A newly-acquired secret agreement obtained in a Freedom of Information Act (FOIA) lawsuit filed by the Chicago Teachers Union (CTU) confirms that Chicago Public Schools (CPS) diverted about $70 million, largely from teacher salaries and unemployment benefits, to avoid paying teachers a promised 4 percent contractual raise last school year. The money was instead given to the Chicago Police Department (CPD), mostly as payment for services previously rendered under prior agreements. CPS then falsely told the media that these payments were “owed” to CPD, and that CPS “had no choice” but to make these payments.
Records obtained from the FOIA lawsuit show that CPS has been paying about $8 million per year to CPD since 2002 for two police officers to be stationed at approximately 100 high schools to process arrests of juvenile offenders. The officers are supervised exclusively by CPD personnel. CPS provides, at its own expense, computer terminals connected to CPD for the officers’ use. CPS approved this continuing arrangement on February 24, 2010 (10-0224-PR16), authorizing the $8 million annual payments from January 1, 2009 through December 31, 2012, for a total cost of $32.8 million.
In 2011, CPS claimed to be broke. On June 15, 2011, in their first meeting, the newly-installed Emanuel appointed School Board voted to cancel a promised 4 percent raise for teachers in the 2011-12 school year on the grounds that there wasn’t enough money in the budget and the district faced an alleged $712 million deficit (11-0615-RS2). This also negatively impacted the pensions of any teachers who retired at the end of the 2011/12 school year. In 2007, under Mayor Richard M. Daley and then-CPS chief officer Arne Duncan, teachers signed a five-year contract ending with the 2011/2012 school year that granted them the raises.
But a month after CPS cancelled last school years 4 percent raises to CPS teachers, which would have cost an estimated $80 million, CPS then authorized a renegotiation of its CPD deal to pay the Police about $25 million per year, more than three times the agreed amount, for the same time period 2009-2012, for a total increase of $70 million for these same services. It also approved a retroactive payment of $47 million for services already rendered. (11-0727-PR18)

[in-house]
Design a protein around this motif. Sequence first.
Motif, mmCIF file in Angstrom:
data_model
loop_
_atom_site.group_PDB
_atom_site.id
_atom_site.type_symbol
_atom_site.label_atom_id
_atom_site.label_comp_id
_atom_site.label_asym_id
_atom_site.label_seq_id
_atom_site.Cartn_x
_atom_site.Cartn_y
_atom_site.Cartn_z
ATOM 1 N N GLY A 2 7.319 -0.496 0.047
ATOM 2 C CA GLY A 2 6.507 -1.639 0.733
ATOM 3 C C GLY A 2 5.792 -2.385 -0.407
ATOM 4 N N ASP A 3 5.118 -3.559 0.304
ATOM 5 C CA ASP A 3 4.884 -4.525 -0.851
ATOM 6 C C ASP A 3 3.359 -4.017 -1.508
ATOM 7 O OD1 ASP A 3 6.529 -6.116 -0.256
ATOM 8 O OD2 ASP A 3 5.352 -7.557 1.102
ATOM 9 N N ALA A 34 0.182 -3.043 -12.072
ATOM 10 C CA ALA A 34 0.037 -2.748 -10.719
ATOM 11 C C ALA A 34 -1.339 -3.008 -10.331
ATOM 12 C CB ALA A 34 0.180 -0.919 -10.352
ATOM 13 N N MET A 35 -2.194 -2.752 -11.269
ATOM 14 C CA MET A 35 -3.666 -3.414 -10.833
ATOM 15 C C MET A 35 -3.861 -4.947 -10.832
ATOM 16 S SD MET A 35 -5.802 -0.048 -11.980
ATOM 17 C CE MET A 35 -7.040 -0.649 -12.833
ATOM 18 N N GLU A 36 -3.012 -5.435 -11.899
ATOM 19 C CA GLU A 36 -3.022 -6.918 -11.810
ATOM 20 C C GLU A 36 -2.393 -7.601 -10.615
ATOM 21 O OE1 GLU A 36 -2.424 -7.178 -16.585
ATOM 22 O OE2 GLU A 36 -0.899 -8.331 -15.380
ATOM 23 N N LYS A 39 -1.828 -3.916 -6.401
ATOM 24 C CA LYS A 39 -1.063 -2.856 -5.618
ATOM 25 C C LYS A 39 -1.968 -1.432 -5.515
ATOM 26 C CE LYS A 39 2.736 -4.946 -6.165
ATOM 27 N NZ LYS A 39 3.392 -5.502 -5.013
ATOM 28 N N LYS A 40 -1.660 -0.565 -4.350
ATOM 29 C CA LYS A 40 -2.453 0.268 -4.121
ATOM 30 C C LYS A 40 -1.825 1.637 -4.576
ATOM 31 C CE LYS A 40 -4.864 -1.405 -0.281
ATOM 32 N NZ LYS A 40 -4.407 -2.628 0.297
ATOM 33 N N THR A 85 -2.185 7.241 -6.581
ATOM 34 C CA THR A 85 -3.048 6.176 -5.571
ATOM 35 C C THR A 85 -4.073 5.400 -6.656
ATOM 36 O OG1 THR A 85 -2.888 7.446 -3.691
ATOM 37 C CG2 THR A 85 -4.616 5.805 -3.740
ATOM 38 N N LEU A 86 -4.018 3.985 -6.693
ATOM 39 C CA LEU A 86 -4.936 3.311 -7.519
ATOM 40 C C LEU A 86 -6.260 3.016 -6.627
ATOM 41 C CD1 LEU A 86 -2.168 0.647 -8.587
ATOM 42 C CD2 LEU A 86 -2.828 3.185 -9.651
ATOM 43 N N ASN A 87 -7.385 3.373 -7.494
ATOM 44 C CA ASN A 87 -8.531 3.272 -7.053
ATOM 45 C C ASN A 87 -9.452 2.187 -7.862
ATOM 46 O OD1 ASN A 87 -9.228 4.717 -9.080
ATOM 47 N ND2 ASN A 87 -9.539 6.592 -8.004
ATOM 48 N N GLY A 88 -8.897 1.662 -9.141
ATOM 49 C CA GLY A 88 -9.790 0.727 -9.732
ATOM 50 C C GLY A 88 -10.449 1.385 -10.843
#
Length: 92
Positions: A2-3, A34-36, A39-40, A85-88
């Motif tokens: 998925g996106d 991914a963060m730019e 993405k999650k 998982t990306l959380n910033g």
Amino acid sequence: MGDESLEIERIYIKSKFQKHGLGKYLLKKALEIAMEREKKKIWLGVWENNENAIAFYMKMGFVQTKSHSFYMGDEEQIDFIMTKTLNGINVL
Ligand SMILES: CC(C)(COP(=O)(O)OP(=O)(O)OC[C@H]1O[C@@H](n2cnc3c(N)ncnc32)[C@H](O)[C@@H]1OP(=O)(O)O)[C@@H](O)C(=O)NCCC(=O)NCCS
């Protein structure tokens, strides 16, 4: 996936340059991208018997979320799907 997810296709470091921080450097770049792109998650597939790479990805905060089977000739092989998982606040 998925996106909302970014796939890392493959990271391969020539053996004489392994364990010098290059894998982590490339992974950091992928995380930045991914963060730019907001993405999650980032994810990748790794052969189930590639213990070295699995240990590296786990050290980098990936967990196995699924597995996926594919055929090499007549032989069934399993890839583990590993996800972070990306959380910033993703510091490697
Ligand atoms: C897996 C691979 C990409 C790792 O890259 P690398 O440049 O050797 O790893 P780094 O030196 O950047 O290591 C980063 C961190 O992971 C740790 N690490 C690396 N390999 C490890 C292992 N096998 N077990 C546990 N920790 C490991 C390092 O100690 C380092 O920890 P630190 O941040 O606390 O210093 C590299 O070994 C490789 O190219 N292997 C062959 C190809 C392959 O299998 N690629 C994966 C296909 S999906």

Hidden among other records, the Board simultaneously directed that nearly all this money be diverted from teacher salaries and unemployment benefits for the 2011-12 school year. The CPS Transfer of Funds report (11-0727-EX1) explains the draining of teacher salary and unemployment benefits accounts “to pay for the Chicago Police Department.”
Meanwhile, CPS Chief Administrative Officer Tim Cawley, tried to sell this public schools rip-off to the media. He told the Chicago Sun-Times that CPS “had no choice” but to make these retroactive payments (Chicago Sun-Times, July 4, 2011.) He told the Chicago Tribune that the money was “owed from previous years.” (Chicago Tribune, July 1, 2011.)
Despite numerous FOIA requests, both CPS and CPD refused to release the Intergovernmental Agreement formalizing this arrangement, executed on December 23, 2011, until the Union sued. In response to a CTU inquiry,
CPS admits that there had never been any formal intergovernmental agreements in place for this arrangement before.
“This new information will only infuriate our members who feel extremely disrespected by this current administration,” said CTU President Karen GJ Lewis. “This shows us the Board lied about not being able to afford our raises—they just put the money elsewhere. Instead of giving our hard working educators the money they deserve, they diverted it to the police department and then lied to the public about it.
“It appears this new Board and the new administration already had a plan in place to do this,” Lewis continued. “Every act they’ve done has been hostile toward our educators and our students. This city did not get into this financial mess by paying teachers and paraprofessionals.”
CPS has offered no explanation why it “must” pay the Police Department three times the agreed amount, including “for services already rendered.”
“The officers assigned to the high schools are processing arrests, just as they do at any other public facility. The officers do not report to CPS officials, and CPS provided them computers at no charge to process arrests,” said CTU Attorney Robert Bloch. “The Chicago Police Department accepted $8 million a year for over a decade for these services. There is no valid basis to now pay $25 million a year, most of it for services already performed, except when politics interferes with education.”
It should be noted, CPS recently admitted to having over $400 million in reserves. This money could have been used to extend additional payments to the police and pay teacher raises for 2011/12 school year. A hearing before a neutral arbitrator concerning CPS cancelling the 4 percent raises is scheduled for July 26.